from probably 5-12th grade.  If someone has said to me, here are the exams that you have to pass, and here are the books, I would have happily rather gone to the library, read the books, and taken the exams by myself.  I know that's not every student's cup of tea, but it always bothered me that what would work for me wasn't an option that I was allowed.  

    •  but you do illustrate a key point (6+ / 0-)

      you are yet another example of why the cohort system really does not serve a lot of our students.

      "what the best and wisest parent wants for his child is what we should want for all the children of the community" - John Dewey

      by teacherken on Sun Nov 21, 2010 at 09:49:13 PM PST

      [ Parent ]

      •  Right (8+ / 0-)

        I guess I'm just reiterating that there shouldn't be a one-size-fits-all approach to education.  Cohorts where half of the students are bored and half are confused aren't the answer.  I think students often feel like they are incidental to the educational process rather than the point of the process.  Classes happen and students just happen to be there, rather than everything being focused on what will be most educational for each student.

      •  doesn't Woodlawn in Arlington (1+ / 0-)
        Recommended by:

        (off Lorcom Lane) let the student work at his own pace?

        Faux News ruined my state

        by sc kitty on Sun Nov 21, 2010 at 09:57:24 PM PST

        [ Parent ]

        •  I don't know (1+ / 0-)
          Recommended by:

          but doesn't this model require small class sizes?
          That is the problem it seems to me with the cohort model - it is an economic model, based on the ability to educate the most students to the basic level of competency with the least effort.  

          It's not a model of how to best educate students, but how to best facilitate a system.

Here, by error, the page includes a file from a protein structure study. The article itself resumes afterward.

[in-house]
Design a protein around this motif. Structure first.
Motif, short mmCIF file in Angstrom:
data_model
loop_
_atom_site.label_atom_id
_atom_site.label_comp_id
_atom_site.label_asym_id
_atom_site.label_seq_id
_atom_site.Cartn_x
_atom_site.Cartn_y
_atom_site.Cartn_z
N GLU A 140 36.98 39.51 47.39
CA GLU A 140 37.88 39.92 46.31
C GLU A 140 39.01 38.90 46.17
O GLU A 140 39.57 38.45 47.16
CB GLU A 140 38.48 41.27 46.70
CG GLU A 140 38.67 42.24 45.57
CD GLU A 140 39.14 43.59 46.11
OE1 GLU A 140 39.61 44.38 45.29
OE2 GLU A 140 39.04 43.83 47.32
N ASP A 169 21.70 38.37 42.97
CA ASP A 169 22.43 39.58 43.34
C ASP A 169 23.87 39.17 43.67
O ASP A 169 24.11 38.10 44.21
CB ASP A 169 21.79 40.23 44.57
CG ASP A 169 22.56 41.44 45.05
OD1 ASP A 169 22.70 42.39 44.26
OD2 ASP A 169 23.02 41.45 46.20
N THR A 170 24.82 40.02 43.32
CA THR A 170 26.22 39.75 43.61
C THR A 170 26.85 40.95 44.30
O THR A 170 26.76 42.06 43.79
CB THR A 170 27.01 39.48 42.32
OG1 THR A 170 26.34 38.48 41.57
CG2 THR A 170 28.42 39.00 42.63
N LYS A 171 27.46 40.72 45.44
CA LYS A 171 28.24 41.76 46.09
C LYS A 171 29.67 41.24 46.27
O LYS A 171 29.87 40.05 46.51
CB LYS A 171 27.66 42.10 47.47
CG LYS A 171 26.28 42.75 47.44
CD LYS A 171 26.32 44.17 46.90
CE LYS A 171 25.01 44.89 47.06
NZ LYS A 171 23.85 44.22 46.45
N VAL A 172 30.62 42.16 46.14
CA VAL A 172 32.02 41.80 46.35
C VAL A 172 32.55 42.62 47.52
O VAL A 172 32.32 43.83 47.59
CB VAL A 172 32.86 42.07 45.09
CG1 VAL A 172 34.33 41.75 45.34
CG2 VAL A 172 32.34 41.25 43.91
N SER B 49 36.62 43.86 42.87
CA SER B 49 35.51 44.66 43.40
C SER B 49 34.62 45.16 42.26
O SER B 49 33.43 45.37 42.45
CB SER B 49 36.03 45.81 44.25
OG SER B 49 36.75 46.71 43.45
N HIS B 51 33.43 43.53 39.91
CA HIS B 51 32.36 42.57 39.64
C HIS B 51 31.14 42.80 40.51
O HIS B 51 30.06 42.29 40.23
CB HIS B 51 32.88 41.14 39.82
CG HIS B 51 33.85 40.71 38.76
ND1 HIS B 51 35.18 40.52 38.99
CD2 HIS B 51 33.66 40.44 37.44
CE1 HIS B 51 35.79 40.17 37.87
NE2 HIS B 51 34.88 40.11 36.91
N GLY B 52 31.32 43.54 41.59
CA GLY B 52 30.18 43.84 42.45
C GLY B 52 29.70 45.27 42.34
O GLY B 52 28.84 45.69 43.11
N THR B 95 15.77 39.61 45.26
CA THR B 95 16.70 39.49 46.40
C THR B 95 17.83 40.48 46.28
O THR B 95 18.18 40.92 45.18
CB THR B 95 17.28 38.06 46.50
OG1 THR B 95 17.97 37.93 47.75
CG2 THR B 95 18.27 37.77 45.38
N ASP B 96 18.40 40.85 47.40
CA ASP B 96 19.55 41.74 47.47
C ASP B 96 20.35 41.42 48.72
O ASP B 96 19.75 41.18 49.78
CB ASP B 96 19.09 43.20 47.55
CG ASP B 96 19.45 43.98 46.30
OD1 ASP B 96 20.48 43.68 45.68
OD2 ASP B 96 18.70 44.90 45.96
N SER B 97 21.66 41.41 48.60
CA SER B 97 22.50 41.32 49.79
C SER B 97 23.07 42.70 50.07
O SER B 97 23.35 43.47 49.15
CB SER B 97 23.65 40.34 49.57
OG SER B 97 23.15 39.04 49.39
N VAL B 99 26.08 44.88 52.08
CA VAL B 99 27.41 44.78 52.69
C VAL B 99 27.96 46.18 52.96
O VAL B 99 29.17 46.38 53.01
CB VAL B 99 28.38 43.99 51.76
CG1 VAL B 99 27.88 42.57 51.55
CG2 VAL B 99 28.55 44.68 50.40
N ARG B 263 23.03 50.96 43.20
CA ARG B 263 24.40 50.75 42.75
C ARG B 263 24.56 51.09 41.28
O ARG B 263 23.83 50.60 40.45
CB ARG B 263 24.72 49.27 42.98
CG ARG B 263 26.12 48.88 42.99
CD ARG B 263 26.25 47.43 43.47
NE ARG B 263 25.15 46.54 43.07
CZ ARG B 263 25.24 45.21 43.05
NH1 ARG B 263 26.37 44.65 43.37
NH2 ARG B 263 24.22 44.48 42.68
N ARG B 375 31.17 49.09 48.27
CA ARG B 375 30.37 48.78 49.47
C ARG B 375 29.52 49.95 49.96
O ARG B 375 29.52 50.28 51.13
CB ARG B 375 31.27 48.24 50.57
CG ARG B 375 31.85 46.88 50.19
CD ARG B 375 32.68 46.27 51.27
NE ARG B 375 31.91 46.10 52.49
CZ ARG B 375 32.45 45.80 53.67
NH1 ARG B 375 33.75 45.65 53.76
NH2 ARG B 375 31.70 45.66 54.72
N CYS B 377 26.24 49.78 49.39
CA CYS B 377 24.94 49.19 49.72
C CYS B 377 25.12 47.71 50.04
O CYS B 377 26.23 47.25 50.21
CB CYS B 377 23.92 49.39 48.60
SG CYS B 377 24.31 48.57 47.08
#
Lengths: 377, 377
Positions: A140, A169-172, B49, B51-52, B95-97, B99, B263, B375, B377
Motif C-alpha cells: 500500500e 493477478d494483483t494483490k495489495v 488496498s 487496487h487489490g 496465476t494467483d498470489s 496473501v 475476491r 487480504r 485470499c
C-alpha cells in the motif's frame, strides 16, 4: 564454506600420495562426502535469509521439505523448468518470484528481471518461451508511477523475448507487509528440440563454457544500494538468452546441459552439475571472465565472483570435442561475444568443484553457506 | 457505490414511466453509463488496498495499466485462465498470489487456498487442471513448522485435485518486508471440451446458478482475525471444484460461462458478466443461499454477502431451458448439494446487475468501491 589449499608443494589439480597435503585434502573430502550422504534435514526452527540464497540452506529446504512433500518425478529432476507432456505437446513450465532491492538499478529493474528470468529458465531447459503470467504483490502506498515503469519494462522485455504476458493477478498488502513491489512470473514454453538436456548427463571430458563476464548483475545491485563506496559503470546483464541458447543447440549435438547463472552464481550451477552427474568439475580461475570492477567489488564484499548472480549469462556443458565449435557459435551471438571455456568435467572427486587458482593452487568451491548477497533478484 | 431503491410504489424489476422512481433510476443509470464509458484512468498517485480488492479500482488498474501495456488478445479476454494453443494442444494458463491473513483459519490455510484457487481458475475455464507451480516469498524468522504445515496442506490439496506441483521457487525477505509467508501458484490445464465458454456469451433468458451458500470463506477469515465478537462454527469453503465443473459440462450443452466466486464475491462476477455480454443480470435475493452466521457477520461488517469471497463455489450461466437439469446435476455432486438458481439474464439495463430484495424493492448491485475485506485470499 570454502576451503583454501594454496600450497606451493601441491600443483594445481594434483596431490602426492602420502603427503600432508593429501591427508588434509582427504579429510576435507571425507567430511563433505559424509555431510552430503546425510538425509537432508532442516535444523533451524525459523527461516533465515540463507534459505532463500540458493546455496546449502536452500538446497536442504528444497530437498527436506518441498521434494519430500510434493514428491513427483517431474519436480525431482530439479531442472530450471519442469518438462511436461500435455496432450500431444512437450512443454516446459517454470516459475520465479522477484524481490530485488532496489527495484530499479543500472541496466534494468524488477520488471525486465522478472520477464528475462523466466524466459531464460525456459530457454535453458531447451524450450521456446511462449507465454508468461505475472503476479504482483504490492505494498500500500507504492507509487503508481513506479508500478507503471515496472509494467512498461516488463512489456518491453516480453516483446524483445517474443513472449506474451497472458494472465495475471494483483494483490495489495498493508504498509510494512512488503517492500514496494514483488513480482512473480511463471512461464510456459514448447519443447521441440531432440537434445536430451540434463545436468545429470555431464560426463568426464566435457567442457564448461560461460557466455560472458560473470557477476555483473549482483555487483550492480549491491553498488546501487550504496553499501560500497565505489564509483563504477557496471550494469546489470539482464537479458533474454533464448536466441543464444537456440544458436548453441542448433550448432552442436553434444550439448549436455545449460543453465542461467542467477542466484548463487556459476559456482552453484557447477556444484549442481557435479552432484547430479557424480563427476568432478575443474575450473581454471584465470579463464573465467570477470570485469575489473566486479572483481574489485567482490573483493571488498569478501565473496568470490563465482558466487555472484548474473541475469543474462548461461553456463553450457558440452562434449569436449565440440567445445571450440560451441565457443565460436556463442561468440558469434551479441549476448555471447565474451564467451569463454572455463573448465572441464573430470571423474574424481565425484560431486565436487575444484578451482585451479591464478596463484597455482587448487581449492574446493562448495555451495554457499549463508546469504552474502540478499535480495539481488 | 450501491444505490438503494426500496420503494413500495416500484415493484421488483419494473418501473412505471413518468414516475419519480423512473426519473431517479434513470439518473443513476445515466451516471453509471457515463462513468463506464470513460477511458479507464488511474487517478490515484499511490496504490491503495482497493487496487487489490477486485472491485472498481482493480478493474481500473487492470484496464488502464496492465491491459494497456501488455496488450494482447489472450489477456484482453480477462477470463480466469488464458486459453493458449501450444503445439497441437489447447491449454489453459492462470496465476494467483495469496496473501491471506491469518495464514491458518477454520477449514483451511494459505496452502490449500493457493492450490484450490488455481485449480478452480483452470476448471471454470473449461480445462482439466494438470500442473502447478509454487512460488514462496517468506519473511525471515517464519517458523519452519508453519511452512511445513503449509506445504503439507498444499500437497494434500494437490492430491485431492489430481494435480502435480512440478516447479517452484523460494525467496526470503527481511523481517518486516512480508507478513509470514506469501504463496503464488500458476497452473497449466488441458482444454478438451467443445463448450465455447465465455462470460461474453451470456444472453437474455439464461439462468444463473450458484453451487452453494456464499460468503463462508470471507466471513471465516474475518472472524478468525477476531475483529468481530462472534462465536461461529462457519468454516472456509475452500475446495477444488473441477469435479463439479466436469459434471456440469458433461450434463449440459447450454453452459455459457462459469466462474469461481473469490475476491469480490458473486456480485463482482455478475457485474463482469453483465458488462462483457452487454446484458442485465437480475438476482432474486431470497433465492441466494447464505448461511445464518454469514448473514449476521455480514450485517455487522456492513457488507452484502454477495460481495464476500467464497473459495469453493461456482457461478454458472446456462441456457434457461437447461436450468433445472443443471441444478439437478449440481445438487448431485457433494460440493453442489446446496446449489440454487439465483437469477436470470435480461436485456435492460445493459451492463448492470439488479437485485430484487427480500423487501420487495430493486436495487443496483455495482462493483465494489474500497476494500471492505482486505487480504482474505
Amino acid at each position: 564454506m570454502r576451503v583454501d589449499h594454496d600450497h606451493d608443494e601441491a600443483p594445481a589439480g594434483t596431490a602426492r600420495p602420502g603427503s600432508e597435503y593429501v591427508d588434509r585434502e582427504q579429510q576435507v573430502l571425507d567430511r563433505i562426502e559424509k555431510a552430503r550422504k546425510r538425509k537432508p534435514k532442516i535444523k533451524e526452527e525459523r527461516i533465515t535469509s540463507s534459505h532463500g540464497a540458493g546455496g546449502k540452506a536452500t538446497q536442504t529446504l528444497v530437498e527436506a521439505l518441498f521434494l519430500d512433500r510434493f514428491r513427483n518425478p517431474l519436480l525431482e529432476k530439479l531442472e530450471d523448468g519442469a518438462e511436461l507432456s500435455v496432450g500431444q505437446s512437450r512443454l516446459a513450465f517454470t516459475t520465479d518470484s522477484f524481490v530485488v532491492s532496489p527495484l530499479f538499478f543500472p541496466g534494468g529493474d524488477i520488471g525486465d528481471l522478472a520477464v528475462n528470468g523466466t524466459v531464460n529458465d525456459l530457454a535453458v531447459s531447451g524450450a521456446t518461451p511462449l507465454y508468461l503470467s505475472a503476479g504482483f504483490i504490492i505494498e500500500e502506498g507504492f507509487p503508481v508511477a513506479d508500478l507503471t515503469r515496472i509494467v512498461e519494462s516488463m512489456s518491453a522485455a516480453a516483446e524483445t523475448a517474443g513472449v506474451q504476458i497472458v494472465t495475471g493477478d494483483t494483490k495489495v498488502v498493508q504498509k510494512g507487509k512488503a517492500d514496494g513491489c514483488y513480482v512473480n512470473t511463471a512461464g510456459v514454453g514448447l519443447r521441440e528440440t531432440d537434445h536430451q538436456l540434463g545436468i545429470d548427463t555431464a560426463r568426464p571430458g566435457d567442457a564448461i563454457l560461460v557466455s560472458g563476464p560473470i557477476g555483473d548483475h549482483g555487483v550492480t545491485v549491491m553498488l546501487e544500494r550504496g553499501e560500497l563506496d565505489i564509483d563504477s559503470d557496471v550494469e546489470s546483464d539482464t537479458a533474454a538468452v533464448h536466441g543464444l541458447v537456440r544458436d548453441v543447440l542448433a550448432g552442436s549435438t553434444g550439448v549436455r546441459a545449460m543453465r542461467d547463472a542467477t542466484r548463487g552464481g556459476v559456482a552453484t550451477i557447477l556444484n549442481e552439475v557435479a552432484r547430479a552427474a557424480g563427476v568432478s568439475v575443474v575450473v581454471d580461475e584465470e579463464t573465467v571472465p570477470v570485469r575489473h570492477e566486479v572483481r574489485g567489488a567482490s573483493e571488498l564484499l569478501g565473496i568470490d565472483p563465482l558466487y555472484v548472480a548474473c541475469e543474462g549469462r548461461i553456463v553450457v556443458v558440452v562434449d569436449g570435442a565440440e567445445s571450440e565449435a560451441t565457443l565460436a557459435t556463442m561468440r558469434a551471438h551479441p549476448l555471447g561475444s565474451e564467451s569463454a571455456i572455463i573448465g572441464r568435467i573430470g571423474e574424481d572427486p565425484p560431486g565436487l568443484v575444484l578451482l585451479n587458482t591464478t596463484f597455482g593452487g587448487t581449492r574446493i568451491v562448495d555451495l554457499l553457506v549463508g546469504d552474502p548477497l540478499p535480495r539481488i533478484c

•  Not necessarily (0+ / 0-)

            Many schools, even at the elementary level, already have subject specialists that teach their subject at different levels to different groups of students at different times during the day. Schools that aren't broken up this way could be with minimal difficulty (and perhaps an improvement in educational quality, because more teachers could spend more time teaching their best subject).

            Given that division, all that needs to be done is to rearrange which kids go where at what times. Class sizes don't need to change, except that you might run into a slight problem with kids at the elementary or middle level who are very advanced in one subject, or kids at the middle or high school level who are very delayed in one subject.

      •  The amount of variation (3+ / 0-)
        Recommended by:
        ladybug53, JanL, kyril

        possible increases as children age.

        My roommate in college took biochemistry and studied to become a doctor. He went into medical publishing and now does medical investing research.

        I took many engineering and math classes in college and became a computer programmer.

        At the university level, there is great diversity of coursework.

        At the grade school level we all learned about irregular verbs.

        Even at the high school level I can't think of any course I took which didn't have value or future use.

        In the younger ages the main variations would be interest in music, art, and foreign languages.

        At the high school level there would be interest in learning a trade and/or preparing to learn more at college.

      •  Our schools are expected to offer (3+ / 0-)
        Recommended by:
        ladybug53, joycemocha, kyril

        equal opportunities to all students.

        Since the mid-1950s equal has been interpreted to mean the same.

        It was thought to be undesirable to have black children learn a trade while white children went to college and got good corporate and government jobs.

        This pro-corporate education policy is no longer matched by sufficient corporate jobs.

        •  I graduated in 1974 (5+ / 0-)
          Recommended by:
          ladybug53, JanL, joycemocha, kyril, princss6

          We were a small public district that was completely white, which offered a choice to learn a practical arts (mechanic, beauty salon etc.) diploma. It was an economic division, for students who didn't plan to go to college, and they tended to come from the poorer homes.

          It's not just a zip code, it's an attitude.

          by sboucher on Sun Nov 21, 2010 at 11:59:18 PM PST

          [ Parent ]

    •  My father did exactly that. (2+ / 0-)
      Recommended by:
      ladybug53, kyril